In the example depicted in FIGS. 4 and 5, the groove 38 has a substantially figure-of-π configuration with the internal side surface rendered substantially perpendicular to the semiconductor block principal surface. The figure of π has a pair of legs 41 and 42 and a line 43 that extends on the legs 41 and 42. First and second areas 46 and 47 are predetermined on those inwardly directed portions of the side surface which are along the respective legs 41 and 42 adjacently of the line 43.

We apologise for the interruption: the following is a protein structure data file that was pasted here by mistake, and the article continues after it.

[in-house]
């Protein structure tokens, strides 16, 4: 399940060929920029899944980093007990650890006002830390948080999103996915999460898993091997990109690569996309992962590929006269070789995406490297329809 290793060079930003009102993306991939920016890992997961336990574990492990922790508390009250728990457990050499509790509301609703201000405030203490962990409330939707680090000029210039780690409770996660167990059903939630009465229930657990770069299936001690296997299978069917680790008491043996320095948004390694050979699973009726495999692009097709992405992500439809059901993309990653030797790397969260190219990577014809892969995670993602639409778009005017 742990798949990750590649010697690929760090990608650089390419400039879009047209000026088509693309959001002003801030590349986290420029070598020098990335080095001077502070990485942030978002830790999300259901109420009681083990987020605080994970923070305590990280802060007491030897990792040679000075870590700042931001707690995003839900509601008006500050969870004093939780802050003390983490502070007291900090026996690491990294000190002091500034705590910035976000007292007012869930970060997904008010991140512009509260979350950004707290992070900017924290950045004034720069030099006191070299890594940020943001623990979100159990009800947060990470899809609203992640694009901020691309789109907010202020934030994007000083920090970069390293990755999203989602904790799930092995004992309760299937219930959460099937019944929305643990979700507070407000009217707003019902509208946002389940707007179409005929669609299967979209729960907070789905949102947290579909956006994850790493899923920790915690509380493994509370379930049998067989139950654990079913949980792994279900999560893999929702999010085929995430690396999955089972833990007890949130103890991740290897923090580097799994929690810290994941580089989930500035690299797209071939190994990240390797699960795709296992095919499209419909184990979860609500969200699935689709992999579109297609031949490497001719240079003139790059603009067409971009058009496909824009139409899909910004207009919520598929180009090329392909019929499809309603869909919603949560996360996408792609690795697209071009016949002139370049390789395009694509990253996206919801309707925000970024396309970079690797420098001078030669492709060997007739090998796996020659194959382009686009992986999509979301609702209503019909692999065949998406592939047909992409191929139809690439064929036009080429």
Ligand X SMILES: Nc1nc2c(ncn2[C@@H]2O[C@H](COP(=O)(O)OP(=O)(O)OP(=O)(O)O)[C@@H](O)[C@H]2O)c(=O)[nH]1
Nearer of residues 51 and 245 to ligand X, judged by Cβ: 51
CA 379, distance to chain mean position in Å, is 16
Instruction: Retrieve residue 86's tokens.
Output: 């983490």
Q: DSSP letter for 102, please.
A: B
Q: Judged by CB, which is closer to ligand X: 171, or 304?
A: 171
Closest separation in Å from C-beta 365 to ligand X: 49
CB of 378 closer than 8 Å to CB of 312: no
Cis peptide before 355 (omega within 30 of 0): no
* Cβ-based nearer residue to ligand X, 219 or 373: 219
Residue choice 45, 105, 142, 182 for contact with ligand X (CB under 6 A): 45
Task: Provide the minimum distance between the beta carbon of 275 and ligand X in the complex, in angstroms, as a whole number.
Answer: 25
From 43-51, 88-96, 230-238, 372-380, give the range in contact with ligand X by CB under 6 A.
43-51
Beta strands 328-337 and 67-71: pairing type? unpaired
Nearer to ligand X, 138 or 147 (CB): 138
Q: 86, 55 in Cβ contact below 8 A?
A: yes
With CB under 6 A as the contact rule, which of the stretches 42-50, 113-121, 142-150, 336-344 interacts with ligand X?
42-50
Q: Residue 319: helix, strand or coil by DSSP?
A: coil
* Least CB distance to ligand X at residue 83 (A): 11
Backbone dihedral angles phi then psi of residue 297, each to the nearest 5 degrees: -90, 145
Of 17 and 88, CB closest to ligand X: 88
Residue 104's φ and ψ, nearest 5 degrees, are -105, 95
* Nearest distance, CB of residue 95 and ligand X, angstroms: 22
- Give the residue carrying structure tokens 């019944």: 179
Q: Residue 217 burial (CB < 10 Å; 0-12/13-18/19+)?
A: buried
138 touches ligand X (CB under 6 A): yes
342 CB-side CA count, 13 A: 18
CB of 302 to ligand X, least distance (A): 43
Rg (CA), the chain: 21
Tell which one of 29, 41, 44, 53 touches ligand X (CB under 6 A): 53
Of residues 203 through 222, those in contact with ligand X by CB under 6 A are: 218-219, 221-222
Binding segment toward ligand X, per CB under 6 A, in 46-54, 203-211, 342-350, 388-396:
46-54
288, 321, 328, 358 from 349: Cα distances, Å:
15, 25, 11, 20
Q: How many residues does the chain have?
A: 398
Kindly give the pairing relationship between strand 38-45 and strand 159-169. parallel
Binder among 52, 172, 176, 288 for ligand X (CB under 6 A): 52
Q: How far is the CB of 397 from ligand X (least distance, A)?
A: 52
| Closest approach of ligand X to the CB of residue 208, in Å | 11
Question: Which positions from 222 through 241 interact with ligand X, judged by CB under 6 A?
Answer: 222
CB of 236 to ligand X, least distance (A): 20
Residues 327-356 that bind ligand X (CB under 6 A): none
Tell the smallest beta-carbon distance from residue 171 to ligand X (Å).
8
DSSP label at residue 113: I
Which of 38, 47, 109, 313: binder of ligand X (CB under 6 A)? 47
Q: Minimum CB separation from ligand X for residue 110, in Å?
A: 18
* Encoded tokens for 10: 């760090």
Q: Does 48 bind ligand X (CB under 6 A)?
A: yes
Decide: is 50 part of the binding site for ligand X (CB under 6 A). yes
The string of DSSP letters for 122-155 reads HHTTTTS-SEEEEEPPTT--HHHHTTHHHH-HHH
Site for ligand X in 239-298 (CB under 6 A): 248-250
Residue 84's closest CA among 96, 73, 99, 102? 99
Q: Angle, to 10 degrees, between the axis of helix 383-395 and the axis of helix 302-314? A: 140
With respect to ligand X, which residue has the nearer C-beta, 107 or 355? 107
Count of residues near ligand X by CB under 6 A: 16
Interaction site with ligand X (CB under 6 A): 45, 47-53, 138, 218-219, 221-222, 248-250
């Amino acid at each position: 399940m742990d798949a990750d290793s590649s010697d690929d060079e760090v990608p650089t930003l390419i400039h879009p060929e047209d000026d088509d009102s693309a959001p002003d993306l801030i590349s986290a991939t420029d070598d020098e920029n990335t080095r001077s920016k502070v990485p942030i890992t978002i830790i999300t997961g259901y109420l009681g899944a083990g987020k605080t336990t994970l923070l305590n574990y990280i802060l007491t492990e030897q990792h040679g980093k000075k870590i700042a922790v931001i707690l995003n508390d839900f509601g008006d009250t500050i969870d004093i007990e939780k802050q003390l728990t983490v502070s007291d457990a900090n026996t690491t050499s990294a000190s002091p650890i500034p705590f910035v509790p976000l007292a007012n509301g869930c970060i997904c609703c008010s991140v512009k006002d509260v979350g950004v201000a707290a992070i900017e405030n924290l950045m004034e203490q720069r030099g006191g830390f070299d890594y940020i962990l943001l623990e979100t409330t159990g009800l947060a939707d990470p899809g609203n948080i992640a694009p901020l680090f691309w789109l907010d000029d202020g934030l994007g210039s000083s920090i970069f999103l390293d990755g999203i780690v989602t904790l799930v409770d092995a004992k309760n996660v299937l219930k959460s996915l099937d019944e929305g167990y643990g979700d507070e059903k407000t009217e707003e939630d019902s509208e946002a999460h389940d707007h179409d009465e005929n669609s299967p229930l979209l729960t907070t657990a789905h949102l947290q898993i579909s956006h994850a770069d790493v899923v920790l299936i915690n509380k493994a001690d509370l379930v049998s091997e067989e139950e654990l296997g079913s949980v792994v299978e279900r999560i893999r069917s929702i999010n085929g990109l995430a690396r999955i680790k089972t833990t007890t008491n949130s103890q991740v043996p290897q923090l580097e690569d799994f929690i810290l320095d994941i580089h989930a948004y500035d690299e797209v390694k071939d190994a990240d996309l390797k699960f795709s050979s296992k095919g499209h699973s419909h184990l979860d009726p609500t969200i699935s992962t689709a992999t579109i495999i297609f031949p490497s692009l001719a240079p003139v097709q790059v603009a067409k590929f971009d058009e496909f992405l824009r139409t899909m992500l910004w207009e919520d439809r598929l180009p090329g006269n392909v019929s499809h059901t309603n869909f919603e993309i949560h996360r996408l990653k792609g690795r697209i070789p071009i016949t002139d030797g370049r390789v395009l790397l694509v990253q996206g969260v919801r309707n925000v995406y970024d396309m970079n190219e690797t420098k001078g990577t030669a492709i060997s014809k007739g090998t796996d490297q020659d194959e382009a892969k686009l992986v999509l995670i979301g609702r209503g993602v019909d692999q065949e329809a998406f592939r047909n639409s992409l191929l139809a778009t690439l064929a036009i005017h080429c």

In FIGS. 4 and 5, the first oxide film 36 is partially removed by photoetching to expose those predetermined areas of the semiconductor block principal surface which are contiguous to the first and the second areas 46 and 47. A p-type impurity is diffused into the semiconductor block 23 and to that π-shaped region of the buried layer 22 which serves as a bottom of the groove 38. A resistor layer 48 of the p conductivity type is formed along the first and the second areas 46 and 47 and that intermediate area of the internal side surface which extends between the first and the second areas 46 and 47 along the legs 41 and 42 of the π figure. An additional resistor layer 49 is formed along an additional intermediate area extending between the first and the second areas 46 and 47 mainly along that portion of the side surface which is along the line 43 of the π figure and directed towards the legs 41 and 42. First and second contact layers 26 and 27 are formed along the respective predetermined areas in electrical contact with the resistor layer 48. The resistor layer 48 is brought into contact with the buried layer at the bottom of the groove 38 to form a PN junction therebetween. The buried layer 22 has an impurity concentration high enough to keep the n conductivity type even at the π-shaped region. Consequently, the p-impurity doped region in the buried layer 22 is not depicted in FIG. 5. The additional resistor layer 49 is removed by photoetching at portion 51 contiguous to the second area 47. A second oxide layer 57 is formed on the remaining portion of the first oxide layer 36, the bottom of the groove 38, the resistor layer 48, the remaining portion of the additional resistor layer 49, and the resistor layer-removed portion 51. The second oxide layer 57 thus covers the whole exposed surface with contact holes (FIG. 5) formed to expose small areas on the respective contact layers 26 and 27. Conductive layers 31 and 32 of aluminium are formed partially on the second oxide layer 57 and brought into electrical contact with the respective contact layers 26 and 27. The depth of the p-impurity diffusion may be about 0.5 micron. The impurity concentration may be about 1017 cm-3. The thickness of the second oxide layer 57 may be about 0.5 micron.